One of my friends is writing a fictional story about a people who use a script that is read in a spiral from the inside out. They write on long coils of flexible material, and longer texts are fed into a mechanical device which feeds the coils into a spiral path. One can crank a handle to rotate the spiral and progress through the text.
Evidently, they are technologically advanced enough to have computers, and my friend wants me to help him figure out how their computers would work differently than our own. We've decided that they would probably use a circular screen instead of a rectangular one, and we've had lots of interesting ideas about how different user-interface metaphors would apply to them.
Anyway, we've had a hard time figuring out how page scrolling would work. That is, if there is more text than can be displayed on one screen, how should one scroll to see different parts of the text?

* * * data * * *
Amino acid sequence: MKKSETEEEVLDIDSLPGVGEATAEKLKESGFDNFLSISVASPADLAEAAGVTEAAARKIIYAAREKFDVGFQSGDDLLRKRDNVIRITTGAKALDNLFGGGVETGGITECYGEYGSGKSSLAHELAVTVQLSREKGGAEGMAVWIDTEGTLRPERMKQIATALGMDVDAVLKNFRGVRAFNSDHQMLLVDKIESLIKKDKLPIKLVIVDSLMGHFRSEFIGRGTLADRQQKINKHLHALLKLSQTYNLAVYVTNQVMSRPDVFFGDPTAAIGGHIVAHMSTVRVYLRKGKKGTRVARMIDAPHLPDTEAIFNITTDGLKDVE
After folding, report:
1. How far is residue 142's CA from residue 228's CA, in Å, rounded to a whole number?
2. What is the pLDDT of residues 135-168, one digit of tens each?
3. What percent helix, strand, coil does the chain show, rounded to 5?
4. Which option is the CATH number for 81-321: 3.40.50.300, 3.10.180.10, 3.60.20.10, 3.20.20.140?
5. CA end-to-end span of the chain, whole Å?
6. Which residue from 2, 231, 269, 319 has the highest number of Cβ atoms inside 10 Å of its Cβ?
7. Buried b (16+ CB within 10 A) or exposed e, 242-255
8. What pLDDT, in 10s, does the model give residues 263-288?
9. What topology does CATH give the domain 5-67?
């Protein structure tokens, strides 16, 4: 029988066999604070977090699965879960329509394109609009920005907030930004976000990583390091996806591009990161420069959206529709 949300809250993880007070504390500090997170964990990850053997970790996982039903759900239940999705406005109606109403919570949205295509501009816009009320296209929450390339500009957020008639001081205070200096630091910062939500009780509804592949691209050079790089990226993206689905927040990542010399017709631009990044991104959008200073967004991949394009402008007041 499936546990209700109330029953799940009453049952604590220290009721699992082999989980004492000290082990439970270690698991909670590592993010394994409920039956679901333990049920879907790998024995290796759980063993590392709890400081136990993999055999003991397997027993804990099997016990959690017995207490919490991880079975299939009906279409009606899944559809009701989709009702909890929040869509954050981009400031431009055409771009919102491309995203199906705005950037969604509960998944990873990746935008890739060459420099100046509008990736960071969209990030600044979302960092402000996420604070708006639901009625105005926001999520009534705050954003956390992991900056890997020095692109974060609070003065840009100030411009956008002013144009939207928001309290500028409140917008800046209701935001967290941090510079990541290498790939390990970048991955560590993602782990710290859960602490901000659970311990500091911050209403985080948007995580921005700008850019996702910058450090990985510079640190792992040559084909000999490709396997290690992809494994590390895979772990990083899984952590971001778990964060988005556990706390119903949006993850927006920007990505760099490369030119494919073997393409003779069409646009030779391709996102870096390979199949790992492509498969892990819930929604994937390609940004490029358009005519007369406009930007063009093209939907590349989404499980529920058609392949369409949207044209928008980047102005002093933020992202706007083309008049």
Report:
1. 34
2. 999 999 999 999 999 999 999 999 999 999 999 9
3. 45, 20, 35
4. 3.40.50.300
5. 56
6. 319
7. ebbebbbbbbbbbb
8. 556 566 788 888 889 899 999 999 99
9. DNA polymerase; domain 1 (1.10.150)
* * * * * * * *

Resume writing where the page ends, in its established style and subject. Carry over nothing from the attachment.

I have created a demo of text displayed in a spiral (in English, but imagine it in a script designed to be that way.) There is a horizontal slider at the top of the page that you can use to spin the spiral inward or outward. (Here's an animated demo, just for fun.)
The problem with this is that a horizontal (or vertical) scrollbar is a bad metaphor for a spiral text. I've thought of using a circular scrollbar around the spiral, but I'm not sure if that would be any better for usability.
I've also thought of clicking and dragging in a circular motion, counterclockwise to scroll the spiral inward, and clockwise to scroll it outward, but that doesn't give any indication of how far through the text you are, and I'm not sure if circular clicking and dragging is a good idea anyway.
How should spiral text be scrolled?